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Would your university know how to help if you're attacked?


You’re 18. Imagine you move away from your parents for the first time. You’re enjoying the excitement of the first year of university, meeting new people, studying hard and partying hard. But then something happens. Someone hurts you, you are scared, injured maybe and don’t know who to tell, who would understand.

In situations like this, nobody should find themselves at a loss for support. That’s the goal of The Universities Supporting Victims of Sexual Violence project, or USVreact.

“Sexual violence happens everywhere,” said Brunel’s Dr Pam Alldred, USVreact leader. “But universities have a duty of care to support students. And as big learning communities, they are also in a good position to challenge culture that fosters sexual violence.

“This is why education for social change is important. For me, it covers everything from education about sexual consent, legal rights, and the consequences of sexual violence, to instruction on how best to support someone who has experienced it.”

Dr Alldred, Gigi Guizzo at CEPS Projectes Sociales in Barcelona and student sexual violence researcher, Professor Alison Phipps at University of Sussex started USVreact in March 2016. With European Commission money, they’re training staff at six other universities in the UK, Greece, Spain, Italy how to help when people experience sexual violence. Already, the European Commission is spotlighting it to showcase successes at confronting violence against women.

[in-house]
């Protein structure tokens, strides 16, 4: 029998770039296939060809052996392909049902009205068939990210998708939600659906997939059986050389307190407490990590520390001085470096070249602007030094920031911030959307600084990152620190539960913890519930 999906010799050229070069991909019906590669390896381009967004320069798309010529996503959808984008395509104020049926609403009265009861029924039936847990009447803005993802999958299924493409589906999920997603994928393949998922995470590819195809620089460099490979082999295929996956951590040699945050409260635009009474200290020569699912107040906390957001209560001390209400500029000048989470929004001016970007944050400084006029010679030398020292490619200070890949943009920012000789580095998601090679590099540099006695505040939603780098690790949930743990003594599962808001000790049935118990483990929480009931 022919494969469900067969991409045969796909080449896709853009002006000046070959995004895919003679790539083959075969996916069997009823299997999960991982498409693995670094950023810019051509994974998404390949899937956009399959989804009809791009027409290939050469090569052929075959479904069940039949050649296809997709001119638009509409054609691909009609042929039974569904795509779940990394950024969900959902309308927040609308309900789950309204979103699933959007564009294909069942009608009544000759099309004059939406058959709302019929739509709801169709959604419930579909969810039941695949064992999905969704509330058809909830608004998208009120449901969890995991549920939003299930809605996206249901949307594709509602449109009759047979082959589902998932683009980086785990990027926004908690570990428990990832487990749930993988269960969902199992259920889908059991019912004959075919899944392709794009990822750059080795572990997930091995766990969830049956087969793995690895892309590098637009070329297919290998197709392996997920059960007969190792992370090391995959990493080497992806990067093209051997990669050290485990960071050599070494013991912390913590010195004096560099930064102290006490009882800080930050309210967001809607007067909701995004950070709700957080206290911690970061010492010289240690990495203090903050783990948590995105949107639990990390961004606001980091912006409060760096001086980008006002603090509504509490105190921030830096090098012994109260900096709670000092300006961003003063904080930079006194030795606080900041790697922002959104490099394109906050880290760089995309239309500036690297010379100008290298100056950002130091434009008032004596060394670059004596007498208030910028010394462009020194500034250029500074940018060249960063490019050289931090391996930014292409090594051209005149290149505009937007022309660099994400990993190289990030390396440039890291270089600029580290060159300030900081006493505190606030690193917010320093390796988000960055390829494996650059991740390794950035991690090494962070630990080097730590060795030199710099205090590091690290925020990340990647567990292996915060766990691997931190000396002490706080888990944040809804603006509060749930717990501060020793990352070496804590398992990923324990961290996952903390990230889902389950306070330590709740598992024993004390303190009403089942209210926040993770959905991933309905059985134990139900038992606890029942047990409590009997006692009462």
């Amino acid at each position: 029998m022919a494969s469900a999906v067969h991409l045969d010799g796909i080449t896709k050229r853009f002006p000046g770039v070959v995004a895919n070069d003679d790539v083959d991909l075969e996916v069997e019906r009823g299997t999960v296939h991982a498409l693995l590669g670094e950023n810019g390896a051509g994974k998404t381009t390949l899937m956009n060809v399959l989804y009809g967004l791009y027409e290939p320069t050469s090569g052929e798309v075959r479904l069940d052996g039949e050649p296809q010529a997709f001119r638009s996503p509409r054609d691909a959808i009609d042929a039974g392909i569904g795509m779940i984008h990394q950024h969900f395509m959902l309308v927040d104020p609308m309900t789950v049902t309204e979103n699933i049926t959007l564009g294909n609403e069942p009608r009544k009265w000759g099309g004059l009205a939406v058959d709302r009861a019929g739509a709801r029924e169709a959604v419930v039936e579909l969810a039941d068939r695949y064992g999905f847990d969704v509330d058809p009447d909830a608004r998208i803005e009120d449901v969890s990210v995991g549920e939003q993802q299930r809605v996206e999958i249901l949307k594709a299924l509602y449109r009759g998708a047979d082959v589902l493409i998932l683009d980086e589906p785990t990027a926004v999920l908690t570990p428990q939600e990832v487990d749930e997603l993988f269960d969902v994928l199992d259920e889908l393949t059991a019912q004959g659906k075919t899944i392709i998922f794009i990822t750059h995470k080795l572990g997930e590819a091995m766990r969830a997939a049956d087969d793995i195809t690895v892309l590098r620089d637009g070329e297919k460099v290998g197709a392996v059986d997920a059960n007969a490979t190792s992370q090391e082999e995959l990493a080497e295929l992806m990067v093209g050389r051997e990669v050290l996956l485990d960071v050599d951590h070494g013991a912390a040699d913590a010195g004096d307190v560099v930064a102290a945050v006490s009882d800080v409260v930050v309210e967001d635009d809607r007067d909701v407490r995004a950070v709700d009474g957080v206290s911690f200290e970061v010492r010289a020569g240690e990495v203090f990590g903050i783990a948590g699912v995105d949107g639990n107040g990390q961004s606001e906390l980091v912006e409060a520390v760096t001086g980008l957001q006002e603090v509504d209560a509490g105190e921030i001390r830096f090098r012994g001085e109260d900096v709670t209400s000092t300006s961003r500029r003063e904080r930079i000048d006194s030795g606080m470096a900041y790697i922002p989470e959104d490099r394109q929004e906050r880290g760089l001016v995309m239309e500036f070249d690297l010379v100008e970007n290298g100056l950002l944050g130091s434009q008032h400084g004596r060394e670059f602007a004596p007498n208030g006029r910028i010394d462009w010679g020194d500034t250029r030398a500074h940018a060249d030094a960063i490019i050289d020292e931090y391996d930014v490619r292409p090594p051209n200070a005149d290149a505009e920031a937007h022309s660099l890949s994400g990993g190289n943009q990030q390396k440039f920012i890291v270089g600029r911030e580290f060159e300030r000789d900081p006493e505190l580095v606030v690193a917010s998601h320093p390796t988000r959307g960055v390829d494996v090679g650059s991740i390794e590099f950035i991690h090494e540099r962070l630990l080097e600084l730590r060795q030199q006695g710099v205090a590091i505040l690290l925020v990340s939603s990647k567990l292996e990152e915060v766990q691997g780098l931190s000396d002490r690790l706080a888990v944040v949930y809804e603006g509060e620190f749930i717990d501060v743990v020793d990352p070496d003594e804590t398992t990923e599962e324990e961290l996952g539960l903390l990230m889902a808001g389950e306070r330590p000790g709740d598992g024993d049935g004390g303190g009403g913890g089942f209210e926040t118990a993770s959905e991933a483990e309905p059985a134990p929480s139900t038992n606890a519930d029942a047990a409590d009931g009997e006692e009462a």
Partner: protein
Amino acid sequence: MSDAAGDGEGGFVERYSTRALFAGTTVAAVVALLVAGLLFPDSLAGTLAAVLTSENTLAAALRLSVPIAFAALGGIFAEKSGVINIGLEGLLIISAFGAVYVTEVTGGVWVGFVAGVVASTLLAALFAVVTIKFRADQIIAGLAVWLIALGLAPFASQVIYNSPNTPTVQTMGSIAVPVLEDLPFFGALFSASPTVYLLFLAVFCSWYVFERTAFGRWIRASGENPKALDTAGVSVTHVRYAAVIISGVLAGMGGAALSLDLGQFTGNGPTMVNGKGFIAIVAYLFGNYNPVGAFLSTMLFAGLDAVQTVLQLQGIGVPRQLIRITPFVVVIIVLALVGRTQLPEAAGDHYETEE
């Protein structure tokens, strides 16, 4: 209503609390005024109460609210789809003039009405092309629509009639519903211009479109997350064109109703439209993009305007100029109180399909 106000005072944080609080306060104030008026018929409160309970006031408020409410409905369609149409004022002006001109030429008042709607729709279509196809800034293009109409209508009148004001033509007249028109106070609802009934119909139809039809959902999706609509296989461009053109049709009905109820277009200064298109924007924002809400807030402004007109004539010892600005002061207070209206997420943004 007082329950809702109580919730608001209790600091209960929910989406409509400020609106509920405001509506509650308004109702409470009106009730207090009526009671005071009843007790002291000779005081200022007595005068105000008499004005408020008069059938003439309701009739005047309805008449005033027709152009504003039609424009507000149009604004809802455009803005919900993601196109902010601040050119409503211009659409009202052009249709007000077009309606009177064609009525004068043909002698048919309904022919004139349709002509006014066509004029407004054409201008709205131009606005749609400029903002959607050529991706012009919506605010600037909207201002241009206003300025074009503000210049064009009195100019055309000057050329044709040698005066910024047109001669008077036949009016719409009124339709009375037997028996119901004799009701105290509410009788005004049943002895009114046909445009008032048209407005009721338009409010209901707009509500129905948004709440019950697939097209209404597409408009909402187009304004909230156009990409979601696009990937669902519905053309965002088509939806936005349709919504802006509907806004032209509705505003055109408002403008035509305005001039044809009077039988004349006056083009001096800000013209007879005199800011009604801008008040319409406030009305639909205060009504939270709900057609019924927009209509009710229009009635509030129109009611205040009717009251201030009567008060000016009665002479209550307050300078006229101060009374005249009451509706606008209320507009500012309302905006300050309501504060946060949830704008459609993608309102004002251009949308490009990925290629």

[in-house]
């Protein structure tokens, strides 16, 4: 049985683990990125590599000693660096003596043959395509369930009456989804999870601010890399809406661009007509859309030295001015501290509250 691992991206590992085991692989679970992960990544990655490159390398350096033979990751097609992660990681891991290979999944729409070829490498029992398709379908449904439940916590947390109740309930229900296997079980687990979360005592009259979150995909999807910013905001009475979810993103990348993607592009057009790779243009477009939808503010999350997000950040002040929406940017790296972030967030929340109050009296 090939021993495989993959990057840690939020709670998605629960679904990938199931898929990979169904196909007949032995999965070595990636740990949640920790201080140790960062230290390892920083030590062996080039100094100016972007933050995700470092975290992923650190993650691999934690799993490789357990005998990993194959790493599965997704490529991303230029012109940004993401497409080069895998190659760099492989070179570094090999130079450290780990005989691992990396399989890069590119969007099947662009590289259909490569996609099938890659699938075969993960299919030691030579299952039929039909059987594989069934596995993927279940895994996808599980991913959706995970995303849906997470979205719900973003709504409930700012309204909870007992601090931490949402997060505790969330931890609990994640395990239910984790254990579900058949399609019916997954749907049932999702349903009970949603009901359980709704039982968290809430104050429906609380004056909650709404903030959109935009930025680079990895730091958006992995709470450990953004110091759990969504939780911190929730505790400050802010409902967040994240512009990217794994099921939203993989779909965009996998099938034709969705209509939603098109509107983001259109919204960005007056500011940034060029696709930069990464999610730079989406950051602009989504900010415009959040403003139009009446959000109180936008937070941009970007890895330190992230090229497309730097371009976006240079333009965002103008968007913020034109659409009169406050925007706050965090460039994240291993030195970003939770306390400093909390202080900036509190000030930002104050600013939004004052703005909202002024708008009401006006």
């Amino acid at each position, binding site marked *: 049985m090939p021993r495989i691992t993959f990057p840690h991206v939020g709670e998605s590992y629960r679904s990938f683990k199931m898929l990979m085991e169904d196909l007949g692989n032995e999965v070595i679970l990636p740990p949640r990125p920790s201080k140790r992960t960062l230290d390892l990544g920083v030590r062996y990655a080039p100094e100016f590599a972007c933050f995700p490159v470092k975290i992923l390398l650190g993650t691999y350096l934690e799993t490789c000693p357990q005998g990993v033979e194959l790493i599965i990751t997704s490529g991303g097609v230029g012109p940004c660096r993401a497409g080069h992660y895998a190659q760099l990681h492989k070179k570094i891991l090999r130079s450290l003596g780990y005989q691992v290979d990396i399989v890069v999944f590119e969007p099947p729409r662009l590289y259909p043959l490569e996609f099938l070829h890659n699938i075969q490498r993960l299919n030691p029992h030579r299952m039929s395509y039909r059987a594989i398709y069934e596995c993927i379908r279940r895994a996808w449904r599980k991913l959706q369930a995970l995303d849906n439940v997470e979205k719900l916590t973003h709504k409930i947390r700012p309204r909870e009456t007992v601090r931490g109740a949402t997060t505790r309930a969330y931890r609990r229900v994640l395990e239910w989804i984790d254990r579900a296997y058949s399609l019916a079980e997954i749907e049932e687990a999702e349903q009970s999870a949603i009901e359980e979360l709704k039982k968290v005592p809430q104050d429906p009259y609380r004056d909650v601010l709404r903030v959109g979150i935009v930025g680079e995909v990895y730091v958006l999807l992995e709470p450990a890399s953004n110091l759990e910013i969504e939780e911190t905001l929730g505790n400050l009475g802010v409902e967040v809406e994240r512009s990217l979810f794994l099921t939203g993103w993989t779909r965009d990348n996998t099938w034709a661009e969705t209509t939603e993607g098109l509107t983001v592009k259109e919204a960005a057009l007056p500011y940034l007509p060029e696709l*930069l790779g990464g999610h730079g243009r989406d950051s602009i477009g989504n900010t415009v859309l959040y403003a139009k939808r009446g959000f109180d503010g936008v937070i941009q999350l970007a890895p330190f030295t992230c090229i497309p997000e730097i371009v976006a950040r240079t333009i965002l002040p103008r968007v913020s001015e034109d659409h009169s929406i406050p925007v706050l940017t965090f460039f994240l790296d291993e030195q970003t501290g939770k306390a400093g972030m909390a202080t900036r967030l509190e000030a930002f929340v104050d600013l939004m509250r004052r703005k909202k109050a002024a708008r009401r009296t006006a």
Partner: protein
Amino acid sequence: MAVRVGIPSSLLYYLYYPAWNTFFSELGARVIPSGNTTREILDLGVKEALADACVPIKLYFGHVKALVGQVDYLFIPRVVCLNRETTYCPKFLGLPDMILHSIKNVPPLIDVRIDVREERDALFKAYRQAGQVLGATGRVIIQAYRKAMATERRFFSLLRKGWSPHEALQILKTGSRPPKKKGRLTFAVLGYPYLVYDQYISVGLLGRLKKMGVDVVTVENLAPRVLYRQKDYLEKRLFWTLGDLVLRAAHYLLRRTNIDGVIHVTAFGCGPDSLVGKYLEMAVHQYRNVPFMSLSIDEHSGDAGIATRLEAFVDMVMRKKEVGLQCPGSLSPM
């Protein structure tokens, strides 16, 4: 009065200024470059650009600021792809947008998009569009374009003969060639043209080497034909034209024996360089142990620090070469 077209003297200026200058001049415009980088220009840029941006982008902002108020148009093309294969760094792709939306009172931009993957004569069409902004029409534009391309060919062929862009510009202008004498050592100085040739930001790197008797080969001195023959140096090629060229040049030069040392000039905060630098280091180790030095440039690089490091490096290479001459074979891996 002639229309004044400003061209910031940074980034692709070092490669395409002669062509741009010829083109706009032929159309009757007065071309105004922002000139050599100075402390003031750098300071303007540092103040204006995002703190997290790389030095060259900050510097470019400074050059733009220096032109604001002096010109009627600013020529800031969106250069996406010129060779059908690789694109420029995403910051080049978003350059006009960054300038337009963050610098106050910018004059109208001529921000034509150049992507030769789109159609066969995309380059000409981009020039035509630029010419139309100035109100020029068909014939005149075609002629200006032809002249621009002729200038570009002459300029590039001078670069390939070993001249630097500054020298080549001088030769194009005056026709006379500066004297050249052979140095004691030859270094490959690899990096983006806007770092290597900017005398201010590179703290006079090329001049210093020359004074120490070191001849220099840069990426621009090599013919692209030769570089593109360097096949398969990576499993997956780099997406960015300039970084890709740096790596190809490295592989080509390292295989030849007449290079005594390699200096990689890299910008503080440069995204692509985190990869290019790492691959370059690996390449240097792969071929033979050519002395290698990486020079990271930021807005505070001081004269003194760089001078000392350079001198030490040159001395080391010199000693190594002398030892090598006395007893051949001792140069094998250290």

“We should prevent all violence against women from happening,” said Gigi Guizzo. “But when we can’t, we need to at least be ready to assist those who experience it. Our focus is to support all those – women and men – who experience violence.”

USVreact is looking at how universities already support people who have experienced violence. Each university will teach 80 of its staff what to do when people come forward.

James Langridge is a librarian who will be trained along with many others at Brunel  including administrators, security guards, lecturers, Students’ Union staff. He said:

"We will learn how to make survivors feel believed and supported and offer them openness and empathy. We will learn what support and specialist services are out there.”

Brunel’s Head of Security, Mick Jenkins said: “security staff, for instance in halls, chat to students a lot. Issues of violence, especially sexual violence, can be an intimidating topic, but after training, our security staff will feel well prepared should anyone need support.”

Students feel the benefit of the scheme – even before the training. A second year sports science student told Pam “It is great to know that you live and study on a campus that addresses sexual violence head-on. It makes it a safer and positive place for me and my friends.”

The training materials will be available online and translations into Serbian and Latvian will lead to pilots there.

“Creating a community that is supportive and doesn’t victim blame will help people come forward,” Pam said.

See how the European Commission is highlighting USV React's work across Europe as a gold standard project tackling violence against women.


Reported by:

Hayley Jarvis, Media Relations
+44 (0)1895 268176